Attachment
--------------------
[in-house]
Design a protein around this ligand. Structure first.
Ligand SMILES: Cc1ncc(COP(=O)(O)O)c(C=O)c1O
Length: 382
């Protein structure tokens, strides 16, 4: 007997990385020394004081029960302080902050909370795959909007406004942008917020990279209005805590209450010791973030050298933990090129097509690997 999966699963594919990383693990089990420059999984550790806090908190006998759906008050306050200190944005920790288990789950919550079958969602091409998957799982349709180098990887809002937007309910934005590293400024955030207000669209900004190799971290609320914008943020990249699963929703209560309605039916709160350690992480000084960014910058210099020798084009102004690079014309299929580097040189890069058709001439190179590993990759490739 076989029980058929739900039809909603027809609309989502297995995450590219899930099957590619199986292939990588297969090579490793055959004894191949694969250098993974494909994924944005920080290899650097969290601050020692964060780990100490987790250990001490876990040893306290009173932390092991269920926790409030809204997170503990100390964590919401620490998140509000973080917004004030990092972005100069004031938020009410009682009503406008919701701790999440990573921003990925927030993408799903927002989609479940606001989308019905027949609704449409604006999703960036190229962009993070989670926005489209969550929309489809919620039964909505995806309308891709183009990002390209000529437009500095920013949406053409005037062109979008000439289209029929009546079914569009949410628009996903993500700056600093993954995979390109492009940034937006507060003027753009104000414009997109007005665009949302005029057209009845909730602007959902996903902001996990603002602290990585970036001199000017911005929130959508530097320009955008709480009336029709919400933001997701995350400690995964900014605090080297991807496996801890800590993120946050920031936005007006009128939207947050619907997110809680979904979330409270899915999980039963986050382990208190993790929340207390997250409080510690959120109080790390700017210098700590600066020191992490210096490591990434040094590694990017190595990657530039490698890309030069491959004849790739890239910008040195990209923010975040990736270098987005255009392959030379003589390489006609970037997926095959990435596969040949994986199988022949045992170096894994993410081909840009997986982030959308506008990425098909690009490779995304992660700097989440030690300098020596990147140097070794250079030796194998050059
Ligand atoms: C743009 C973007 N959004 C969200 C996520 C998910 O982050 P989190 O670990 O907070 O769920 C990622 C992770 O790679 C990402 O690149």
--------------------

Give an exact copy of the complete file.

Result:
[in-house]
Design a protein around this ligand. Structure first.
Ligand SMILES: Cc1ncc(COP(=O)(O)O)c(C=O)c1O
Length: 382
């Protein structure tokens, strides 16, 4: 007997990385020394004081029960302080902050909370795959909007406004942008917020990279209005805590209450010791973030050298933990090129097509690997 999966699963594919990383693990089990420059999984550790806090908190006998759906008050306050200190944005920790288990789950919550079958969602091409998957799982349709180098990887809002937007309910934005590293400024955030207000669209900004190799971290609320914008943020990249699963929703209560309605039916709160350690992480000084960014910058210099020798084009102004690079014309299929580097040189890069058709001439190179590993990759490739 076989029980058929739900039809909603027809609309989502297995995450590219899930099957590619199986292939990588297969090579490793055959004894191949694969250098993974494909994924944005920080290899650097969290601050020692964060780990100490987790250990001490876990040893306290009173932390092991269920926790409030809204997170503990100390964590919401620490998140509000973080917004004030990092972005100069004031938020009410009682009503406008919701701790999440990573921003990925927030993408799903927002989609479940606001989308019905027949609704449409604006999703960036190229962009993070989670926005489209969550929309489809919620039964909505995806309308891709183009990002390209000529437009500095920013949406053409005037062109979008000439289209029929009546079914569009949410628009996903993500700056600093993954995979390109492009940034937006507060003027753009104000414009997109007005665009949302005029057209009845909730602007959902996903902001996990603002602290990585970036001199000017911005929130959508530097320009955008709480009336029709919400933001997701995350400690995964900014605090080297991807496996801890800590993120946050920031936005007006009128939207947050619907997110809680979904979330409270899915999980039963986050382990208190993790929340207390997250409080510690959120109080790390700017210098700590600066020191992490210096490591990434040094590694990017190595990657530039490698890309030069491959004849790739890239910008040195990209923010975040990736270098987005255009392959030379003589390489006609970037997926095959990435596969040949994986199988022949045992170096894994993410081909840009997986982030959308506008990425098909690009490779995304992660700097989440030690300098020596990147140097070794250079030796194998050059
Ligand atoms: C743009 C973007 N959004 C969200 C996520 C998910 O982050 P989190 O670990 O907070 O769920 C990622 C992770 O790679 C990402 O690149």